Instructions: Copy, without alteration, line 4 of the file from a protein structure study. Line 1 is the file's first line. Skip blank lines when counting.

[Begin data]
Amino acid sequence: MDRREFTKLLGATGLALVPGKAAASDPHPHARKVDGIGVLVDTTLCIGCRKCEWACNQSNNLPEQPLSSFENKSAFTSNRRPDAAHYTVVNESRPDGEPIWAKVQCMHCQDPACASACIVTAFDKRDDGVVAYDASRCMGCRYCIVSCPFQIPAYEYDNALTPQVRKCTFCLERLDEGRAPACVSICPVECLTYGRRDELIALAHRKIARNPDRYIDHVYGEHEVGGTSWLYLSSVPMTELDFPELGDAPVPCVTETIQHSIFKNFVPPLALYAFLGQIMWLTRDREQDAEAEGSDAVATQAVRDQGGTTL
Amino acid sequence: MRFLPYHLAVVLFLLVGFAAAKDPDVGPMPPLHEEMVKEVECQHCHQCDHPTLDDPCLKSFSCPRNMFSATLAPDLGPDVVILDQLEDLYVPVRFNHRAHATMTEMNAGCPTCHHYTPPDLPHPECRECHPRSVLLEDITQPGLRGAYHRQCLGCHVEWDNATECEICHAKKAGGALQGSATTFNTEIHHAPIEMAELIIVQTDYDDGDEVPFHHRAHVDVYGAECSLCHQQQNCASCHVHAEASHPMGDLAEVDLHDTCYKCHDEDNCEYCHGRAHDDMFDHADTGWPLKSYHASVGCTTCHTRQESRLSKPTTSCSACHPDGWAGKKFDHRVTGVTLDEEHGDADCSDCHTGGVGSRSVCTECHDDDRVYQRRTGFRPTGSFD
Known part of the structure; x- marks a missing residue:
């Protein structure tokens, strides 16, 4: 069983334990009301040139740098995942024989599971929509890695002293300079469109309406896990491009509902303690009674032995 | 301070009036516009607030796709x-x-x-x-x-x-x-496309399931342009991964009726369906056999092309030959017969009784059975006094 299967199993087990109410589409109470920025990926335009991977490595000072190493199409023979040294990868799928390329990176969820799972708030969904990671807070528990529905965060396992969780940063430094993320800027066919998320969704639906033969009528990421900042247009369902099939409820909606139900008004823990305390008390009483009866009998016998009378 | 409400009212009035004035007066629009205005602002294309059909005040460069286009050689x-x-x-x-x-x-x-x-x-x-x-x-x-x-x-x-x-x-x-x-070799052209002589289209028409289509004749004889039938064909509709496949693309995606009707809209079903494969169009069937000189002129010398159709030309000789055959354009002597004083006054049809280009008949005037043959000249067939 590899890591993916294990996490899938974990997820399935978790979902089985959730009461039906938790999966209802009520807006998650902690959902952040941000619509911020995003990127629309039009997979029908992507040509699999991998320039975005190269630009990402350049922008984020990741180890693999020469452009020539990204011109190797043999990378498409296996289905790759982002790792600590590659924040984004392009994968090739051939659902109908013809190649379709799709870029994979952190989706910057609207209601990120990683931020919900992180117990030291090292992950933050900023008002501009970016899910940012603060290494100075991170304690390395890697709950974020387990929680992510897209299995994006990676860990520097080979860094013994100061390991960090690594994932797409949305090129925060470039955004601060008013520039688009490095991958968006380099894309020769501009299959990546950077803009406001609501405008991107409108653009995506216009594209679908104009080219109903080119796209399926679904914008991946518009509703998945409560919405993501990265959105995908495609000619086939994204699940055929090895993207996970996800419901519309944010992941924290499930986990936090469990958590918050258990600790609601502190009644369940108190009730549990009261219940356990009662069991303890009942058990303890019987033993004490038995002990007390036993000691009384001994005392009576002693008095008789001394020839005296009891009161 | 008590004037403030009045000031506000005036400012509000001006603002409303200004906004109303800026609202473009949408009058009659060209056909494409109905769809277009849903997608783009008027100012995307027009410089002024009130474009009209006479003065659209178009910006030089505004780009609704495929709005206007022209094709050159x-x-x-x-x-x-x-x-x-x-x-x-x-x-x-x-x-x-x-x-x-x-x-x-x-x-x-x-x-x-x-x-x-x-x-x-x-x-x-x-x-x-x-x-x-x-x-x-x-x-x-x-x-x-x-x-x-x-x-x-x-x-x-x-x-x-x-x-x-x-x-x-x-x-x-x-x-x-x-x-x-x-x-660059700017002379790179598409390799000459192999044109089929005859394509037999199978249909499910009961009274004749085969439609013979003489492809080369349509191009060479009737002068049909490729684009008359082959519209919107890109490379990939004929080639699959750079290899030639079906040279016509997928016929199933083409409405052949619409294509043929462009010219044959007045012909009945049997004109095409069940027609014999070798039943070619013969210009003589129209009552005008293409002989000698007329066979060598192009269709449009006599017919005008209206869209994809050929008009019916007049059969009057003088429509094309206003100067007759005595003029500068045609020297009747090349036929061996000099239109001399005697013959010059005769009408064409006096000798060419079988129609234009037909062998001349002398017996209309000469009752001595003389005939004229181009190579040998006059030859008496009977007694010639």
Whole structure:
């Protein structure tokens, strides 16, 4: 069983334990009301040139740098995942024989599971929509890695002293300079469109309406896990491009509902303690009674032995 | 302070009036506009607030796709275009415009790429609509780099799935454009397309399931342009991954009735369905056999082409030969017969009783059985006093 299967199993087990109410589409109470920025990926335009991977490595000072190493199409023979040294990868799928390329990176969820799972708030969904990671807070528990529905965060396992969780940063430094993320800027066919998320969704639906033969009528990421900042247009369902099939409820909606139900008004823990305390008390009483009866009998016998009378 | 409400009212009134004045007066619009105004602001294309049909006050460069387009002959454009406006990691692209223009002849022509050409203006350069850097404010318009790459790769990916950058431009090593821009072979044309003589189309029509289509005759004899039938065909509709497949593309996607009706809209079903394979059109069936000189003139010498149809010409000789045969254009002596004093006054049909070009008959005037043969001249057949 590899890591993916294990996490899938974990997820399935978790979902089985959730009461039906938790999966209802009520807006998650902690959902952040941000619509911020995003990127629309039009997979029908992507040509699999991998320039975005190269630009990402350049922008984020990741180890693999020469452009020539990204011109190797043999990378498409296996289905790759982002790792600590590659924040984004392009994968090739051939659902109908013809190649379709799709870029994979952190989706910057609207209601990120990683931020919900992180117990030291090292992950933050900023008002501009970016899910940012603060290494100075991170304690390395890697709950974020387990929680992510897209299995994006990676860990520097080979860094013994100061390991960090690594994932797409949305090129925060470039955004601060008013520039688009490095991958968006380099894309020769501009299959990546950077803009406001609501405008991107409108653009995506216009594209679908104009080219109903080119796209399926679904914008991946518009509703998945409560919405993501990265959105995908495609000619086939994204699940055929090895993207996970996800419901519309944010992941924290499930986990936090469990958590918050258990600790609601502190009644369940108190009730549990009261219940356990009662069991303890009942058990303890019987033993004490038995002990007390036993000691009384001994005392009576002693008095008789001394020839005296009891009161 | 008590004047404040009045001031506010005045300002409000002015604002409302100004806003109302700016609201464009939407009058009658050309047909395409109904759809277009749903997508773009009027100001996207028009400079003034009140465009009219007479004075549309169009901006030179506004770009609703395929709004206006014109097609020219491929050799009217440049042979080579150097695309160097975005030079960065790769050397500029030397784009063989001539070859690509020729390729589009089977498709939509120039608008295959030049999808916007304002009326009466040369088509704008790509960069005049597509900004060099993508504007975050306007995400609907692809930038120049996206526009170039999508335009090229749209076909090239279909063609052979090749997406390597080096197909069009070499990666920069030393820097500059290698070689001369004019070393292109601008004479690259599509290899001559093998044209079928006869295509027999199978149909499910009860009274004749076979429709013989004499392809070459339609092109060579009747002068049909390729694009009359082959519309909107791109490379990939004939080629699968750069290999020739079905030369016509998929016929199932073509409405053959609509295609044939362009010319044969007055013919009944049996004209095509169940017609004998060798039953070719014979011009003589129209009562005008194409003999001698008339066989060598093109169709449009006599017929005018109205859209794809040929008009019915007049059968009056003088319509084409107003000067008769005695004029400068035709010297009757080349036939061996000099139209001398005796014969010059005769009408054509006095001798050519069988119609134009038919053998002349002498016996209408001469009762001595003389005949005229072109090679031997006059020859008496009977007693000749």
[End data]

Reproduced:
């Protein structure tokens, strides 16, 4: 069983334990009301040139740098995942024989599971929509890695002293300079469109309406896990491009509902303690009674032995 | 301070009036516009607030796709x-x-x-x-x-x-x-496309399931342009991964009726369906056999092309030959017969009784059975006094 299967199993087990109410589409109470920025990926335009991977490595000072190493199409023979040294990868799928390329990176969820799972708030969904990671807070528990529905965060396992969780940063430094993320800027066919998320969704639906033969009528990421900042247009369902099939409820909606139900008004823990305390008390009483009866009998016998009378 | 409400009212009035004035007066629009205005602002294309059909005040460069286009050689x-x-x-x-x-x-x-x-x-x-x-x-x-x-x-x-x-x-x-x-070799052209002589289209028409289509004749004889039938064909509709496949693309995606009707809209079903494969169009069937000189002129010398159709030309000789055959354009002597004083006054049809280009008949005037043959000249067939 590899890591993916294990996490899938974990997820399935978790979902089985959730009461039906938790999966209802009520807006998650902690959902952040941000619509911020995003990127629309039009997979029908992507040509699999991998320039975005190269630009990402350049922008984020990741180890693999020469452009020539990204011109190797043999990378498409296996289905790759982002790792600590590659924040984004392009994968090739051939659902109908013809190649379709799709870029994979952190989706910057609207209601990120990683931020919900992180117990030291090292992950933050900023008002501009970016899910940012603060290494100075991170304690390395890697709950974020387990929680992510897209299995994006990676860990520097080979860094013994100061390991960090690594994932797409949305090129925060470039955004601060008013520039688009490095991958968006380099894309020769501009299959990546950077803009406001609501405008991107409108653009995506216009594209679908104009080219109903080119796209399926679904914008991946518009509703998945409560919405993501990265959105995908495609000619086939994204699940055929090895993207996970996800419901519309944010992941924290499930986990936090469990958590918050258990600790609601502190009644369940108190009730549990009261219940356990009662069991303890009942058990303890019987033993004490038995002990007390036993000691009384001994005392009576002693008095008789001394020839005296009891009161 | 008590004037403030009045000031506000005036400012509000001006603002409303200004906004109303800026609202473009949408009058009659060209056909494409109905769809277009849903997608783009008027100012995307027009410089002024009130474009009209006479003065659209178009910006030089505004780009609704495929709005206007022209094709050159x-x-x-x-x-x-x-x-x-x-x-x-x-x-x-x-x-x-x-x-x-x-x-x-x-x-x-x-x-x-x-x-x-x-x-x-x-x-x-x-x-x-x-x-x-x-x-x-x-x-x-x-x-x-x-x-x-x-x-x-x-x-x-x-x-x-x-x-x-x-x-x-x-x-x-x-x-x-x-x-x-x-x-660059700017002379790179598409390799000459192999044109089929005859394509037999199978249909499910009961009274004749085969439609013979003489492809080369349509191009060479009737002068049909490729684009008359082959519209919107890109490379990939004929080639699959750079290899030639079906040279016509997928016929199933083409409405052949619409294509043929462009010219044959007045012909009945049997004109095409069940027609014999070798039943070619013969210009003589129209009552005008293409002989000698007329066979060598192009269709449009006599017919005008209206869209994809050929008009019916007049059969009057003088429509094309206003100067007759005595003029500068045609020297009747090349036929061996000099239109001399005697013959010059005769009408064409006096000798060419079988129609234009037909062998001349002398017996209309000469009752001595003389005939004229181009190579040998006059030859008496009977007694010639």